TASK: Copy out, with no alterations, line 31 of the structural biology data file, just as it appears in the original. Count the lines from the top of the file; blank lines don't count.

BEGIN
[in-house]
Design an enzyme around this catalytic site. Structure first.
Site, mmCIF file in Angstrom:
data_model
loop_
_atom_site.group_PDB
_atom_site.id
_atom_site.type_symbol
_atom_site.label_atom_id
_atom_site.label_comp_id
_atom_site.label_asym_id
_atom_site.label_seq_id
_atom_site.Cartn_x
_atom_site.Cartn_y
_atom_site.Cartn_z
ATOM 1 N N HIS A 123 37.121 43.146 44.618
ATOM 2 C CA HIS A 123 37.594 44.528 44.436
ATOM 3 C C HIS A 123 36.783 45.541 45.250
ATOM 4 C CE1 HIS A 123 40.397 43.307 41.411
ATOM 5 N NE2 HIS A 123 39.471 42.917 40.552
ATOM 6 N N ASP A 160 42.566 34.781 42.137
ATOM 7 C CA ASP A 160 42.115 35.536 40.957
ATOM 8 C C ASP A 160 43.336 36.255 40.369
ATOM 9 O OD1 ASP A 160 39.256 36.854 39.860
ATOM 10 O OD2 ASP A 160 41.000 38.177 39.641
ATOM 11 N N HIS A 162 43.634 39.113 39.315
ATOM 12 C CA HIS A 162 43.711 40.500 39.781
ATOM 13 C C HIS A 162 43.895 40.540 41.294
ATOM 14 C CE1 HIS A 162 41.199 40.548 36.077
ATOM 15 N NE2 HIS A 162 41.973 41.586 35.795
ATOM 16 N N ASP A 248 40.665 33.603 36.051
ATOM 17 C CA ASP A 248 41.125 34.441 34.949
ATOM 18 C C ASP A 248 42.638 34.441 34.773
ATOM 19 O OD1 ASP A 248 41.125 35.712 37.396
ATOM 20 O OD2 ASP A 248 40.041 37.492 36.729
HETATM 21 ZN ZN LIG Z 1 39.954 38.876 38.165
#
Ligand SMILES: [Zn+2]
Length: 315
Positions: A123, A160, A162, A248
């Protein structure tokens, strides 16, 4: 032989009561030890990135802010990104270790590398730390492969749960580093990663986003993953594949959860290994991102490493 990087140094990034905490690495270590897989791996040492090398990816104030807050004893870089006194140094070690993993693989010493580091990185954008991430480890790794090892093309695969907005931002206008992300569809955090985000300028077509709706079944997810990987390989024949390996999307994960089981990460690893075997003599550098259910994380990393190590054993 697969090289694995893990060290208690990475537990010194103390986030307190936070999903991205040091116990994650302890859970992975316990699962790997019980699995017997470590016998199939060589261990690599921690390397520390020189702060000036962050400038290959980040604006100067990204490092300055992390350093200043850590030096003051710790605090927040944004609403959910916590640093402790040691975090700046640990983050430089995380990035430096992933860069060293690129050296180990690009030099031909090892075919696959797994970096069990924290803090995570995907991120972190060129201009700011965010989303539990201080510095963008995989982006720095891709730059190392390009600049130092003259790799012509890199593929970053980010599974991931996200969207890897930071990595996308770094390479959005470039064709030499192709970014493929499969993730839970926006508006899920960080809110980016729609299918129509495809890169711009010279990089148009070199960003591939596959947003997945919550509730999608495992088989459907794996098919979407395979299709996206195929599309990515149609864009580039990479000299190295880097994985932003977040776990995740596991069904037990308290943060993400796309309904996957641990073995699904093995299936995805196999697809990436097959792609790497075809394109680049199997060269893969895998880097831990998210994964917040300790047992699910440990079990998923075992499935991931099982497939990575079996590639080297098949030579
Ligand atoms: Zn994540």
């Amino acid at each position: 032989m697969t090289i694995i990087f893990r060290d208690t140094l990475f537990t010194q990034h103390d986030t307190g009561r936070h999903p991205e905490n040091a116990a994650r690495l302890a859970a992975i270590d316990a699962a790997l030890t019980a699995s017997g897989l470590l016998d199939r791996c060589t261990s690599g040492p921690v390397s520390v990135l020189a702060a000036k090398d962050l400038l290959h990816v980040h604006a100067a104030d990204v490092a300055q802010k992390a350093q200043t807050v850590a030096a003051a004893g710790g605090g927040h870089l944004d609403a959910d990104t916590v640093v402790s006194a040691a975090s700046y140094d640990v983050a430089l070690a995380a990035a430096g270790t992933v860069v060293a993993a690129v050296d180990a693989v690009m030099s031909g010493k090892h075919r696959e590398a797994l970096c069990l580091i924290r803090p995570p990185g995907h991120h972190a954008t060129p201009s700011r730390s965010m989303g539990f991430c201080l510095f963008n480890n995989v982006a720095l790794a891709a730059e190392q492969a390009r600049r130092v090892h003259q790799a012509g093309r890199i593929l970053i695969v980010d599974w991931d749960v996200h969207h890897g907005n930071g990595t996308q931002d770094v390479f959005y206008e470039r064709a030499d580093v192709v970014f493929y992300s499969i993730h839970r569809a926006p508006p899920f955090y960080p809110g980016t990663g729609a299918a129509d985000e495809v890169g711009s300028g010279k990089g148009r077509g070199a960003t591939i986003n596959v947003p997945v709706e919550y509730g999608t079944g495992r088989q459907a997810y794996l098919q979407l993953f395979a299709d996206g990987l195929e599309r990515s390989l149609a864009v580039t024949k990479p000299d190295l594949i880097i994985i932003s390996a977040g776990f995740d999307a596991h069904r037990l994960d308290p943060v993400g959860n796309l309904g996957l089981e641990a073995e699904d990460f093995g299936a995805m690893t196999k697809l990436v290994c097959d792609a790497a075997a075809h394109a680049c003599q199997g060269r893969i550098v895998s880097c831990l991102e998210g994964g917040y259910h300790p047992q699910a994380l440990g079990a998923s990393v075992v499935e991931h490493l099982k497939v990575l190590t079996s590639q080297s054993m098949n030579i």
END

ATOM 16 N N ASP A 248 40.665 33.603 36.051